KIPP Delta, the charter school system based out of Helena, has received a $500,000 grant from the Walton Family Foundation to execute a two-year pilot program that will partner KIPP with with two traditional public school districts in the Arkansas Delta.
The “KIPP Through College” program places college counselors in Helena-West Helena’s Central High School (which is just down the road from KIPP’s campus in Phillips County) as well as Marianna High School in nearby Lee County. The goal of the program — which is already operational — is to increase the number of college-bound students from both Helena and Mariana.
For now, I won’t wade too deeply into the treacherous waters of the charters-versus-traditional-schools debate. But in brief: KIPP Delta has achieved impressive things with the kids it serves, who are overwhelmingly black and mostly from poor households. Its graduates have college-going rates of above 75 percent; that can’t be ignored. On the other hand, critics of charters — such as Max — fairly point out that struggling traditional school districts such as Helena-West Helena suffer when their most promising students leave to enroll in charters. It seems likely that the kids left behind in those traditional schools suffer by extension. (There are many, many more layers to both sides of that arguments, however.)
Yet there’s no reason why charters and traditional public schools should be pitted against one another. It seems to me that a partnership of this kind points to one way that a charter can work to complement a traditional school district, not undermine it. I spoke about the program this afternoon with Scott Shirey, Executive Director of KIPP Delta.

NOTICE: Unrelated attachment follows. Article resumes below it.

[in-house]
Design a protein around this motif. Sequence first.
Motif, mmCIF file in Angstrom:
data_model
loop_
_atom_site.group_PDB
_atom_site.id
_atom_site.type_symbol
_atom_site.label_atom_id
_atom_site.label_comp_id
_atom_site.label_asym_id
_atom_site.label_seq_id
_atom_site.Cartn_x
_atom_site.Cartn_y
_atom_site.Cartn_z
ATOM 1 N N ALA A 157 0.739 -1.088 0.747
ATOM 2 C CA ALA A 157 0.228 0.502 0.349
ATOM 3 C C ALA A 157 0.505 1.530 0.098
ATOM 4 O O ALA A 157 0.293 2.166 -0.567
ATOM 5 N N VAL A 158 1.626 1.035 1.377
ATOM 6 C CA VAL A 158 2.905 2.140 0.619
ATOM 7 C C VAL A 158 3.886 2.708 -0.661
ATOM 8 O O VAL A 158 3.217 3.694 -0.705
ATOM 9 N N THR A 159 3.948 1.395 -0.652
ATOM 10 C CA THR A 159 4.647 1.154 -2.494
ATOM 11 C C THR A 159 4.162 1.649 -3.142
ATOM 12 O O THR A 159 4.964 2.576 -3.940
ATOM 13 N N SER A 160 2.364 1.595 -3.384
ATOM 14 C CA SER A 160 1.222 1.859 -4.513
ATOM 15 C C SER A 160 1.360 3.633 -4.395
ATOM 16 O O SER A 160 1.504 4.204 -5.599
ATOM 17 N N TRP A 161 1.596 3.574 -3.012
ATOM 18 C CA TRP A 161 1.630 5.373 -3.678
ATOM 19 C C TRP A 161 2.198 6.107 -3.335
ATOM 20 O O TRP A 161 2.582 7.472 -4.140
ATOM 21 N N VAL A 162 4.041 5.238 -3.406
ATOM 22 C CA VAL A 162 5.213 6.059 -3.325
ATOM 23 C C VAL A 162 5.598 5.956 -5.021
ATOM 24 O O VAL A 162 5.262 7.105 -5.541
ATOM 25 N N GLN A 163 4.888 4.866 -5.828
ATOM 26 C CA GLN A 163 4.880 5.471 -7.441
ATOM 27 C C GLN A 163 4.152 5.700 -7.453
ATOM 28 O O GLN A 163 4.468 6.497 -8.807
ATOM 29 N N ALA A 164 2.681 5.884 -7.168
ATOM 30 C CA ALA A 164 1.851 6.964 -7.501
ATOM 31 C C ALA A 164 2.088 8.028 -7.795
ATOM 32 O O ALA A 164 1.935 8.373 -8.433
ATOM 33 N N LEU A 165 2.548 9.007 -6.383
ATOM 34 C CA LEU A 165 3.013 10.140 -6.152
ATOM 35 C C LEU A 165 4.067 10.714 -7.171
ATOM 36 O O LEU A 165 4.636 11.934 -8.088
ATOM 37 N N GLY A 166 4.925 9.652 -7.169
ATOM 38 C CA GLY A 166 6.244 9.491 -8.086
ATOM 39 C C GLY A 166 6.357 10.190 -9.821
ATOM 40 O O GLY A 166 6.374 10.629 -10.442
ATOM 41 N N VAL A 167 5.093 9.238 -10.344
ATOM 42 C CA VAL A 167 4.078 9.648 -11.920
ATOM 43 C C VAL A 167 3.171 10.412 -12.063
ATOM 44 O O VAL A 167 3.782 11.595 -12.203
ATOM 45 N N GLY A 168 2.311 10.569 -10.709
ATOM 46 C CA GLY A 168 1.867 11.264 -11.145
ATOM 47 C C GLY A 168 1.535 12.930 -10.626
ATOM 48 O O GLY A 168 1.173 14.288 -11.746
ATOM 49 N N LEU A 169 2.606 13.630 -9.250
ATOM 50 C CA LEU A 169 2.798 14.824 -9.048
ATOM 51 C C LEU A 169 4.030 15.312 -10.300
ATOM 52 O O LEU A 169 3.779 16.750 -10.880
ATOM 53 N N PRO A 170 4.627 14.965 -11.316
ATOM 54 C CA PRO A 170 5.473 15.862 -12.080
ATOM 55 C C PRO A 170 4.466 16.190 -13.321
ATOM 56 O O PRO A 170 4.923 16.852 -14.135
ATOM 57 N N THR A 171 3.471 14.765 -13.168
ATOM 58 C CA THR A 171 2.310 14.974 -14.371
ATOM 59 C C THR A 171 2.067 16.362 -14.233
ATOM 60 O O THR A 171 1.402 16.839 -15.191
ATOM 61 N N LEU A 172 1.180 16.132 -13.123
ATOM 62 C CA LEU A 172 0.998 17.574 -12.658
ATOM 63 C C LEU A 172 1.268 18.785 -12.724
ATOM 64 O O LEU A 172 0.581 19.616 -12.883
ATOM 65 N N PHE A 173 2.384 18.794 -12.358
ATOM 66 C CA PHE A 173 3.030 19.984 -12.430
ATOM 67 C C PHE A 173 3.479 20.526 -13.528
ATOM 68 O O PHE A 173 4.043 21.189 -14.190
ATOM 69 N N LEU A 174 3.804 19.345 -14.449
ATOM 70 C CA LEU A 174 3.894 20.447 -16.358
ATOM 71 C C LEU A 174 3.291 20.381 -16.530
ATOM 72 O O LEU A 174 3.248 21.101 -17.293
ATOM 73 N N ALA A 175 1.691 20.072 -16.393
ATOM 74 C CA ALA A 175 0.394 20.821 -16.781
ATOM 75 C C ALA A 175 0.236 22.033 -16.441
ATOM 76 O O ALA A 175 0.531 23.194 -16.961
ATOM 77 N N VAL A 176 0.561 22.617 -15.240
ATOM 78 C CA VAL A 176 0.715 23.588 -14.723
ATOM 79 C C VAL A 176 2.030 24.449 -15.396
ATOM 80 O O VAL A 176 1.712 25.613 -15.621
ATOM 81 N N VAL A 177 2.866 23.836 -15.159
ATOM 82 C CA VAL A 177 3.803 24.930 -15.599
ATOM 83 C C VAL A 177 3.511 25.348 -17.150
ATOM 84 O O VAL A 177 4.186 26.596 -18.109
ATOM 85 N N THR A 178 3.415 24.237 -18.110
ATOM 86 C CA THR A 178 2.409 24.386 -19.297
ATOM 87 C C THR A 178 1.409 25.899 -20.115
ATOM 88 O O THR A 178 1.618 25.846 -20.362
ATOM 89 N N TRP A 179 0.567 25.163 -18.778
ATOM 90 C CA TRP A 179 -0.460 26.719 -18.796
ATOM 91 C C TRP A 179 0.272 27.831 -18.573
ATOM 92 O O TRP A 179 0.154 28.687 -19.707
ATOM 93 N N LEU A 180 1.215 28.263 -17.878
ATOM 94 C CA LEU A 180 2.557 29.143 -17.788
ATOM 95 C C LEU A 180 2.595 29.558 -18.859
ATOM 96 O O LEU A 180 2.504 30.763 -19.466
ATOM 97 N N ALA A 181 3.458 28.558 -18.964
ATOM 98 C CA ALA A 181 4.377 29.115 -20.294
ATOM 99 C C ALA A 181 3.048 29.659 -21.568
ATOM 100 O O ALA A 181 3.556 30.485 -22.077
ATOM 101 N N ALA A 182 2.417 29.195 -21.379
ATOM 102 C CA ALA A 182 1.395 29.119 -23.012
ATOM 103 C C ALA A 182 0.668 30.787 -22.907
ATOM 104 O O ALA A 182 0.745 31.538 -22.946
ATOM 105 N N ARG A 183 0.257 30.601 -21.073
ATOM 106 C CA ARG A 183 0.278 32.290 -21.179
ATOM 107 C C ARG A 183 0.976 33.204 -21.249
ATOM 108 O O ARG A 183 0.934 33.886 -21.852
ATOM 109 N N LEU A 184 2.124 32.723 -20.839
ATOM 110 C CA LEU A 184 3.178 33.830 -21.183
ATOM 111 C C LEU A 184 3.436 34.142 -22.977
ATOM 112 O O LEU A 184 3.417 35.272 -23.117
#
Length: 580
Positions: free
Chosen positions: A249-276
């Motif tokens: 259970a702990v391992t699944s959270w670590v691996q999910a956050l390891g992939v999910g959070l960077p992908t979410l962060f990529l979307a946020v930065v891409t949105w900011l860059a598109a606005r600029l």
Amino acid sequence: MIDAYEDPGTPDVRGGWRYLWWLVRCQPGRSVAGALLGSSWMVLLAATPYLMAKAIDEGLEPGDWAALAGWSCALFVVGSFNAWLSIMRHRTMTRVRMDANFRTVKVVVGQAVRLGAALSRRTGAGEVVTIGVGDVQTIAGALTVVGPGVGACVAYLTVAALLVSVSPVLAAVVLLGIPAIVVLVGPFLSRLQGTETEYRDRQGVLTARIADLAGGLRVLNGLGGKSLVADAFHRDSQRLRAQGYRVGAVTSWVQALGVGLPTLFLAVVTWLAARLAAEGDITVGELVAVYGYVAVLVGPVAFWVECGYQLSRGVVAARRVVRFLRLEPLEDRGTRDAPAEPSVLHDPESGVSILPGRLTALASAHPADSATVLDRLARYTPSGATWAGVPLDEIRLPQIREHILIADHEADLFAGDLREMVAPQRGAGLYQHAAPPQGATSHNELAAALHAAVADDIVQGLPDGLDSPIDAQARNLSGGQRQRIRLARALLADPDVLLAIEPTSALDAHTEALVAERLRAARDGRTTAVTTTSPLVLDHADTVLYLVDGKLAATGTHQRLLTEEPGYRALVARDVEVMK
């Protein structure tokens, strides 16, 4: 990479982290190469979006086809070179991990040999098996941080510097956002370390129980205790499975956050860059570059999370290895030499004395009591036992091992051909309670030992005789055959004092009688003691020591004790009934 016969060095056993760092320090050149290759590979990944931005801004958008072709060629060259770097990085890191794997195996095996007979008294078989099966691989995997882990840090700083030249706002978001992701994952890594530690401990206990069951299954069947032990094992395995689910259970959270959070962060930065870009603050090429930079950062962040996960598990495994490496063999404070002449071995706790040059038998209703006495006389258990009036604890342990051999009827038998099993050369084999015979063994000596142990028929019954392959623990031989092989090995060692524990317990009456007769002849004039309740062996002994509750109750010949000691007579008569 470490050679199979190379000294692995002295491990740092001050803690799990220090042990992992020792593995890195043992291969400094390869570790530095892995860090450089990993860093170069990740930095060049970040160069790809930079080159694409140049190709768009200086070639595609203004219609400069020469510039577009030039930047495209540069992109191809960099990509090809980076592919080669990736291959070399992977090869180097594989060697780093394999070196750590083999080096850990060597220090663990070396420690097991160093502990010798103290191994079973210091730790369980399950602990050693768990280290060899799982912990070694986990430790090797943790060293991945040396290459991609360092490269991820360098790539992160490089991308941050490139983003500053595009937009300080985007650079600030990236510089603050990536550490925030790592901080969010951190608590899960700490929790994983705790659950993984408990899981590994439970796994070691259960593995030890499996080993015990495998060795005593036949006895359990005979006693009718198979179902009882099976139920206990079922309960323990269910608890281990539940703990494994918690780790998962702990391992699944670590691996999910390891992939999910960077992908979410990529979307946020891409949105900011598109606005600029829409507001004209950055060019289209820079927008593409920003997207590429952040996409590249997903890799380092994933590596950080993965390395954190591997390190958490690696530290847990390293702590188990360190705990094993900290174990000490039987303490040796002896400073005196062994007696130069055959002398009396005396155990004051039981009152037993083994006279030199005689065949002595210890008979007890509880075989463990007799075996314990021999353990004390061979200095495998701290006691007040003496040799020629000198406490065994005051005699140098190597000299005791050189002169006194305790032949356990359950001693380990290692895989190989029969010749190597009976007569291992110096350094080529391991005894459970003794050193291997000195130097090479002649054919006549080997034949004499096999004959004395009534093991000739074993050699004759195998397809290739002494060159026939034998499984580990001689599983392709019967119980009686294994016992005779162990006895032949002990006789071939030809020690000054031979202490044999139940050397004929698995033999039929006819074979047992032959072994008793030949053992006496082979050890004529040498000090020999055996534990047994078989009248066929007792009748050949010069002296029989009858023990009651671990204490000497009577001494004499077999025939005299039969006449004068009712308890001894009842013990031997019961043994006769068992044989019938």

“We’re hiring college counselors who will be trained by and work for our team but be placed in Helena-West Helena and Lee County,” Shirey said. “They’ll be taking our college process, going through it with those students and working collaboratively with the school districts. Part of that is help with ACT registration, help with FAFSA, assistance with various fees, taking kids on college tours, bringing colleges to our community, helping with college applications and scholarships.”
There’s also an economy of scale effect that stands to benefit KIPP, Shirey said. KIPP is a small school, with just 39 graduating seniors this year. HWH and Lee County have many more. That should help to attract college recruiters to visit the Delta. “Now when you contact, say, Spellman, you can say there are hundreds of seniors in these communities headed to college.”
Although traditional high schools also have staff dedicated to the job of getting kids onto a postsecondary track, Shirey said, they’re usually overworked. “The traditional high school counselor in Arkansas doesn’t have the bandwidth to tackle every student,” he said.
According to Shirey, the partnership itself has gone smoothly thus far, with the traditional districts receptive to the collaboration. “The doors of communication have been great. Of course, anytime you approach a partnership like this, people want to get an understanding before they proceed forward. But we’ve got a wonderful, warm embrace as we’ve gone into the schools.”
“We were deliberate to make sure this was not KIPP coming to tell you how to do things, but us offering support and working to do things collaboratively. What we’ve found is an eagerness to work with us, to learn. They’ve been great, and the kids have been incredibly enthusiastic.”
Funding for education reporting provided by the Arkansas Public Policy Panel.